Review of ECOWAS Protocol: Will It Solve Nigeria’s Insecurity Issues?

As the search for a permanent solution to Nigeria’s security crises continues, the Chairman of Arewa Consultative Forum (ACF), Chief Audu Ogbe, has advised the Federal Government to stop herders and other illegal immigrants from West African countries from entering Nigeria as advocated by Governor Abdullahi Ganduje.

Chief Audu Ogbe advised that Nigeria should seek an amendment to Article 3 of the ECOWAS protocol, “especially as regards free movement of cattle and other livestock without a special permit.

According to him, “If it is done, we will have over five million hectares of land in old grazing reserves left, enough to accommodate over 40 million cows if well grassed and watered.

It is important to note that the Economic Community of West African States (ECOWAS) is an organisation constituted by West African Heads of State and Governments for the purpose of economic integration. In addition to this, ECOWAS aims to promote cooperation and development in economic, social and cultural activities with particular objectives of improving the standard of living of citizens; increase and maintain economic stability; improve relations among member countries and to generally contribute to the progress and development of Africa.

The organisation consists of fifteen members including Burkina-Faso, Guinea-Bissau, Niger, Togo, Mali, Benin, Sénégal, Côte D’Ivoire, Ghana, Guinea, Nigeria, Liberia, The Gambia, Sierra Leone, Cape Verde, and Liberia (non-CFA countries). Mauritania was also a part but withdrew in 2000.

ECOWAS represents the true expression of Pan-Africanism. Some Francophone countries were initially not favourably disposed towards the idea of forming ECOWAS. It took a lot of effort on the part of Nigeria and Togo to change their disposition.

Read Also: ECOWAS to Deliberate on Food Crisis in the Region

Prior to independence, and even a decade or so after, people moved from one location to another as there was little or no regards for the artificial borders created by the colonial powers. In fact, tribes find themselves divided into two sovereign nations by these artificial borders.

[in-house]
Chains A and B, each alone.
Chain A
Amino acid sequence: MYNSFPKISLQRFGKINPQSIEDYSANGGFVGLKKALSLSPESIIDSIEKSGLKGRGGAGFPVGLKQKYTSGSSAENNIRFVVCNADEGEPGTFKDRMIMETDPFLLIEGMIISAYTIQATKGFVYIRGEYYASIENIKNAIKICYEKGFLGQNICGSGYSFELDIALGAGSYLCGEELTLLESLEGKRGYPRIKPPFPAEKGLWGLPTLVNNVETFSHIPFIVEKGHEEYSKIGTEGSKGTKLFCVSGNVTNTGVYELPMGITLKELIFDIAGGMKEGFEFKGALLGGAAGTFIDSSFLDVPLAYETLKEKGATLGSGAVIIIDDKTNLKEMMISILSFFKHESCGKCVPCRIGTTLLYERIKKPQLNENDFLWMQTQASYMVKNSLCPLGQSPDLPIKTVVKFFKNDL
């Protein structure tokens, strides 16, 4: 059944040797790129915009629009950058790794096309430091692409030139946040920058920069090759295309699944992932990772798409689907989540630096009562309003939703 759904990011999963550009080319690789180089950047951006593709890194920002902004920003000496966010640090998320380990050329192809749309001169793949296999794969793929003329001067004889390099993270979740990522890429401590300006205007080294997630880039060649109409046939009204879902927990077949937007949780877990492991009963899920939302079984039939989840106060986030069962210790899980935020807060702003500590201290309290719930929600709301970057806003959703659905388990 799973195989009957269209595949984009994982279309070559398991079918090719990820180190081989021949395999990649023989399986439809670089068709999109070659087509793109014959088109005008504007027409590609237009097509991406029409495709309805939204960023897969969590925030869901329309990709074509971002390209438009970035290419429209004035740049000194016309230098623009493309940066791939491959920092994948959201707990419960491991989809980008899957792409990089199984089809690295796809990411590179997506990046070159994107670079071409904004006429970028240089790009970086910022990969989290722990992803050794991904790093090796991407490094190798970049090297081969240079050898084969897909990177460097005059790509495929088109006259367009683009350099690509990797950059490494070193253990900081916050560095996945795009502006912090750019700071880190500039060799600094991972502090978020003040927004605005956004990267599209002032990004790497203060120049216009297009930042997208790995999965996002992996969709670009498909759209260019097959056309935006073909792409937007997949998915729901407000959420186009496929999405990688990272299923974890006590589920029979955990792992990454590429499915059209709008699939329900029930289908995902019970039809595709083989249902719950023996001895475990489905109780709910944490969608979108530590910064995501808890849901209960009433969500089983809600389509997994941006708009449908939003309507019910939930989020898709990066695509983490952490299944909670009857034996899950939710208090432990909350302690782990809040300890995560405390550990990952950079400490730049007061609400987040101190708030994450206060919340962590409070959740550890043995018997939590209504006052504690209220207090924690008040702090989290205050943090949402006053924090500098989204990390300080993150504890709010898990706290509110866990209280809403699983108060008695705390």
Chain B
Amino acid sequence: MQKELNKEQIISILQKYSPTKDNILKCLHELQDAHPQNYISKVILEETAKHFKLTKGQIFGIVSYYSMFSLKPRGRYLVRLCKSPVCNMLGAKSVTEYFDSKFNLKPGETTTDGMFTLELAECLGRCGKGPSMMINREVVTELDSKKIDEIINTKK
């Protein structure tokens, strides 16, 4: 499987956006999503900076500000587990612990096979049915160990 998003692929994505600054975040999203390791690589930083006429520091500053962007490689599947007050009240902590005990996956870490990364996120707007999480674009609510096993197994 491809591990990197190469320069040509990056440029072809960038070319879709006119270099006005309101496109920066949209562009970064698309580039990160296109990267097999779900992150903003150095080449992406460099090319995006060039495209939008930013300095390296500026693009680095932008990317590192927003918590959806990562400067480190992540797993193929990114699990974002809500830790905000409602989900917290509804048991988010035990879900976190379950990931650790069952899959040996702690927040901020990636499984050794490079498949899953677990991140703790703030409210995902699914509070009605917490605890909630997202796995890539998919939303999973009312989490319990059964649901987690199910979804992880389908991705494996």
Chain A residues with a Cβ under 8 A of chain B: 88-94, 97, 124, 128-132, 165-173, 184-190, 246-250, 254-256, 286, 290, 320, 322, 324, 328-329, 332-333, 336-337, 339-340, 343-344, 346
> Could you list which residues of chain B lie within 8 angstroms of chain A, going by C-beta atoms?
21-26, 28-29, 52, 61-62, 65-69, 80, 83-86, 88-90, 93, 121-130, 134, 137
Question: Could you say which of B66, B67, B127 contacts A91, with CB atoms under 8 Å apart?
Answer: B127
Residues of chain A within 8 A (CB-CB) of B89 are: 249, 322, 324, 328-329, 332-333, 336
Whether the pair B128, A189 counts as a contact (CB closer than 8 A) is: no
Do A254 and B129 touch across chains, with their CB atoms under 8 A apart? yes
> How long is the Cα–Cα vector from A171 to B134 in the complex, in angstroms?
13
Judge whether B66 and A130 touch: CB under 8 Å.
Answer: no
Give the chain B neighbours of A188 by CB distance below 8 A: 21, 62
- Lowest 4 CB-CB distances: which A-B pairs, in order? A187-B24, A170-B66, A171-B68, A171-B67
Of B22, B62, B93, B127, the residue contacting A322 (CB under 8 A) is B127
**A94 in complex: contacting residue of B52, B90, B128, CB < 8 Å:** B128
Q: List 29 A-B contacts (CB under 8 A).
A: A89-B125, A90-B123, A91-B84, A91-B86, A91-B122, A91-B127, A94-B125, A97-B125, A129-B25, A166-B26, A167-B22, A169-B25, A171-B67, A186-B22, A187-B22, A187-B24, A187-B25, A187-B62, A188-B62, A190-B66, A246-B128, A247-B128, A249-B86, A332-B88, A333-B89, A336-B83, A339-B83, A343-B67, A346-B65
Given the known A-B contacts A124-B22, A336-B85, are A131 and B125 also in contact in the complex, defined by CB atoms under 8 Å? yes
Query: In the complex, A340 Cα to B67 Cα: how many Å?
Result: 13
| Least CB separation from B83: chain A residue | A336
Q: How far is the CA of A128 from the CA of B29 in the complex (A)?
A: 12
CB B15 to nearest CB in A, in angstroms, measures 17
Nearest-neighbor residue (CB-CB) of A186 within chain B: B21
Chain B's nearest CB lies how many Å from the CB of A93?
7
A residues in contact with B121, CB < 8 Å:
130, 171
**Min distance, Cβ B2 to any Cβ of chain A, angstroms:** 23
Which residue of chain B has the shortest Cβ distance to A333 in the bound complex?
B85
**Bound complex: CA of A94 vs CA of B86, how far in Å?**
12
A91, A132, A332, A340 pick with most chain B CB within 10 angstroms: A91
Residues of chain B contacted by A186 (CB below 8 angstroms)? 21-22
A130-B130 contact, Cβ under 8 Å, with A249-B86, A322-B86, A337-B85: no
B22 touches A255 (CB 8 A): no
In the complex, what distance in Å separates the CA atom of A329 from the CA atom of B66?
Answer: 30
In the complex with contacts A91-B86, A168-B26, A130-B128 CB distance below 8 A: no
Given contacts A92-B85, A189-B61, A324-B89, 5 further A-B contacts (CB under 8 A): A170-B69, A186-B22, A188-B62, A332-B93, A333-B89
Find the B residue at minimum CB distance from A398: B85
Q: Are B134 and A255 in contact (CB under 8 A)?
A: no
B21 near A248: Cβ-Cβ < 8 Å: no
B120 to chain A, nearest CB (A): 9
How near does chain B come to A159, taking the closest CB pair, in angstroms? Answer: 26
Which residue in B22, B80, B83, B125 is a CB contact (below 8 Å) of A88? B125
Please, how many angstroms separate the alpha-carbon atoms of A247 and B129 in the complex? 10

Cross-border movement among these artificially divided tribes was not seen as “international“, but part of their own internal movements as members of the same families.

However, as states began to mature, the cross-border movement became increasingly difficult and was hampered by state laws, including certain requirements.

This was why the enactment of the ECOWAS Protocol on free movement became vital. The Protocol to liberalise trans-border mobility, however, was borne out of the need to promote regional trade and engender regional integration. It is believed that this economic integration will increase wealth and better the lot of the community citizens.

Even more than the promotion of trade, the mobility of labour and the other factors of production was central to ECOWAS and exemplified what the community was about. The free movement of persons within the region was both a repudiation of colonial frontiers as they impeded the economic development of the new States and an affirmation of the spirit of cooperation and mutual assistance.

Even though the aim of the free movement protocol is to enhance economic activities, criminals have availed themselves of this initiative to perpetuate their nefarious activities. These have a lot of implication for the security of the sub-region. There is no security of lives and properties. Guns are readily available as a result of the proliferation of small arms and light weapons. Refugees generate a different set of problems for their host country. In fact, many analysts have pointed out that the likely future conflict in the sub-region would be conflict over amenities and resources between refugees and host communities.